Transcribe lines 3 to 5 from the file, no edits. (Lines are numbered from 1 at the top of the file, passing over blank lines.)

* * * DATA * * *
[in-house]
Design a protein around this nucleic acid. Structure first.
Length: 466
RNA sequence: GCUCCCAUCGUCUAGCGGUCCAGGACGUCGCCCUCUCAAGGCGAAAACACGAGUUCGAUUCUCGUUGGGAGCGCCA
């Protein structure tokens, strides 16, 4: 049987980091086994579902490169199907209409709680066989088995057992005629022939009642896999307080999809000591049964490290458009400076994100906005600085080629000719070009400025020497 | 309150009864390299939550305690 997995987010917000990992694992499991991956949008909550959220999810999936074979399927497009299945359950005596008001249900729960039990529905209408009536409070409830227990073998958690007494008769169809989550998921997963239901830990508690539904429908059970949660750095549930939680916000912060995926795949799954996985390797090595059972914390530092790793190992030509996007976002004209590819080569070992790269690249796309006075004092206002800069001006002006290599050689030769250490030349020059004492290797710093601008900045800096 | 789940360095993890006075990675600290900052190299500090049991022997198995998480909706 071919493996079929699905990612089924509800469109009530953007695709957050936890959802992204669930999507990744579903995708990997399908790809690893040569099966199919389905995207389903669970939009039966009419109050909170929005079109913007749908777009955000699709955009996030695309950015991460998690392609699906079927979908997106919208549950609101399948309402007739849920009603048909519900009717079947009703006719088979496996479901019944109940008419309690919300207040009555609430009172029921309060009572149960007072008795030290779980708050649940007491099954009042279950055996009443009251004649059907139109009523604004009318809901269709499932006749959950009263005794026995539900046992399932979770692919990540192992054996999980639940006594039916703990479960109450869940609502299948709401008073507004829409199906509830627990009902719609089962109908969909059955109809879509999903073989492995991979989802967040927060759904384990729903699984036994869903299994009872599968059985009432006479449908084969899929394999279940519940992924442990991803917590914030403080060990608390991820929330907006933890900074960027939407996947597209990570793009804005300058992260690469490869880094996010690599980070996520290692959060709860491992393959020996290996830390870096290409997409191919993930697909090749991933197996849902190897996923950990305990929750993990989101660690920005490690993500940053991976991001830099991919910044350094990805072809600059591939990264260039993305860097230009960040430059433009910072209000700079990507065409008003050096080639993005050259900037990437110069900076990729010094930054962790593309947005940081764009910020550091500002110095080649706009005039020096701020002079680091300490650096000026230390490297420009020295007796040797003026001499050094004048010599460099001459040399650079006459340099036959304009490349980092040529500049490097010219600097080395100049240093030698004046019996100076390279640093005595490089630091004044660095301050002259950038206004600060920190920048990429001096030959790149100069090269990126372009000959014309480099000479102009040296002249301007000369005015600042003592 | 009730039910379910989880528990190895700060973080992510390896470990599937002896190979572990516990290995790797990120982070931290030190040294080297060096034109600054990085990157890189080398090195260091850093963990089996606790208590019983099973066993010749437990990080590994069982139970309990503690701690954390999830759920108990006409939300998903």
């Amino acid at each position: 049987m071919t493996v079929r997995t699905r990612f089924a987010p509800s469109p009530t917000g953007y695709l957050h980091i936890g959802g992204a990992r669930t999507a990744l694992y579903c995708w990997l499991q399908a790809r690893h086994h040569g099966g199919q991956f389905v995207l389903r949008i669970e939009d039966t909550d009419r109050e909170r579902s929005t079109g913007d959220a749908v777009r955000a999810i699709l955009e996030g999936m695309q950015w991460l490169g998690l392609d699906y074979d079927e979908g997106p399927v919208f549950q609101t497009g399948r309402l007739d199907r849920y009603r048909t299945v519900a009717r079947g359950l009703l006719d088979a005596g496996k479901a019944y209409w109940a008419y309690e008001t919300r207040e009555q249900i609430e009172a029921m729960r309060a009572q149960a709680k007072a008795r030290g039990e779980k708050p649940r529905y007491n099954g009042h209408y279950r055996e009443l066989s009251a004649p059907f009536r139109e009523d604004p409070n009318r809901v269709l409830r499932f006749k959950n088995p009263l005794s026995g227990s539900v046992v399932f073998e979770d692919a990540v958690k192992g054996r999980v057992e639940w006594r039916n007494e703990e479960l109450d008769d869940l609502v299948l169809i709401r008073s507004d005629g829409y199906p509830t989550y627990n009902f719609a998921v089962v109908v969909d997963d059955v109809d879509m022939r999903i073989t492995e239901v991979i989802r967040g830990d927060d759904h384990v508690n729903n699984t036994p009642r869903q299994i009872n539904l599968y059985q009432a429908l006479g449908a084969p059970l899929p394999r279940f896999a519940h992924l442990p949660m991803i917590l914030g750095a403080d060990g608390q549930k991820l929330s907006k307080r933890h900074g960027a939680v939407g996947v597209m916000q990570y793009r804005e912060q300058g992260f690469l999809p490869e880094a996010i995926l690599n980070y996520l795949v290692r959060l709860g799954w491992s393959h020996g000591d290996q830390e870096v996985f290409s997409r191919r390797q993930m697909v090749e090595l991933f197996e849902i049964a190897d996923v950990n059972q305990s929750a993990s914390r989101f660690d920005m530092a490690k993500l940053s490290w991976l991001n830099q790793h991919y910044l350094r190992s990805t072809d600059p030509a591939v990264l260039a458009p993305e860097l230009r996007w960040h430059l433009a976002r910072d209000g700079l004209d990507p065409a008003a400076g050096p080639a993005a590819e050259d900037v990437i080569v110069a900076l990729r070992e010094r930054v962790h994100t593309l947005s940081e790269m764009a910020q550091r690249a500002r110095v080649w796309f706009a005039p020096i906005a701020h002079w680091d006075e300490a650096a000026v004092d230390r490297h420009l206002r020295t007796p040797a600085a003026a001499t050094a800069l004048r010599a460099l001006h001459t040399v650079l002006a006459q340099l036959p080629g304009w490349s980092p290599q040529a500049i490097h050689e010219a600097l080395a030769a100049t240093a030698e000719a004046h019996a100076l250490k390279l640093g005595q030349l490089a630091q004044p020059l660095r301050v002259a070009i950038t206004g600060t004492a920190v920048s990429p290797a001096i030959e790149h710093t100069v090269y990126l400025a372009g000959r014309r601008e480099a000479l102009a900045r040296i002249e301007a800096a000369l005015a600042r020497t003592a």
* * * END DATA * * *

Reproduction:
Length: 466
RNA sequence: GCUCCCAUCGUCUAGCGGUCCAGGACGUCGCCCUCUCAAGGCGAAAACACGAGUUCGAUUCUCGUUGGGAGCGCCA
């Protein structure tokens, strides 16, 4: 049987980091086994579902490169199907209409709680066989088995057992005629022939009642896999307080999809000591049964490290458009400076994100906005600085080629000719070009400025020497 | 309150009864390299939550305690 997995987010917000990992694992499991991956949008909550959220999810999936074979399927497009299945359950005596008001249900729960039990529905209408009536409070409830227990073998958690007494008769169809989550998921997963239901830990508690539904429908059970949660750095549930939680916000912060995926795949799954996985390797090595059972914390530092790793190992030509996007976002004209590819080569070992790269690249796309006075004092206002800069001006002006290599050689030769250490030349020059004492290797710093601008900045800096 | 789940360095993890006075990675600290900052190299500090049991022997198995998480909706 071919493996079929699905990612089924509800469109009530953007695709957050936890959802992204669930999507990744579903995708990997399908790809690893040569099966199919389905995207389903669970939009039966009419109050909170929005079109913007749908777009955000699709955009996030695309950015991460998690392609699906079927979908997106919208549950609101399948309402007739849920009603048909519900009717079947009703006719088979496996479901019944109940008419309690919300207040009555609430009172029921309060009572149960007072008795030290779980708050649940007491099954009042279950055996009443009251004649059907139109009523604004009318809901269709499932006749959950009263005794026995539900046992399932979770692919990540192992054996999980639940006594039916703990479960109450869940609502299948709401008073507004829409199906509830627990009902719609089962109908969909059955109809879509999903073989492995991979989802967040927060759904384990729903699984036994869903299994009872599968059985009432006479449908084969899929394999279940519940992924442990991803917590914030403080060990608390991820929330907006933890900074960027939407996947597209990570793009804005300058992260690469490869880094996010690599980070996520290692959060709860491992393959020996290996830390870096290409997409191919993930697909090749991933197996849902190897996923950990305990929750993990989101660690920005490690993500940053991976991001830099991919910044350094990805072809600059591939990264260039993305860097230009960040430059433009910072209000700079990507065409008003050096080639993005050259900037990437110069900076990729010094930054962790593309947005940081764009910020550091500002110095080649706009005039020096701020002079680091300490650096000026230390490297420009020295007796040797003026001499050094004048010599460099001459040399650079006459340099036959304009490349980092040529500049490097010219600097080395100049240093030698004046019996100076390279640093005595490089630091004044660095301050002259950038206004600060920190920048990429001096030959790149100069090269990126372009000959014309480099000479102009040296002249301007000369005015600042003592 | 009730039910379910989880528990190895700060973080992510390896470990599937002896190979572990516990290995790797990120982070931290030190040294080297060096034109600054990085990157890189080398090195260091850093963990089996606790208590019983099973066993010749437990990080590994069982139970309990503690701690954390999830759920108990006409939300998903």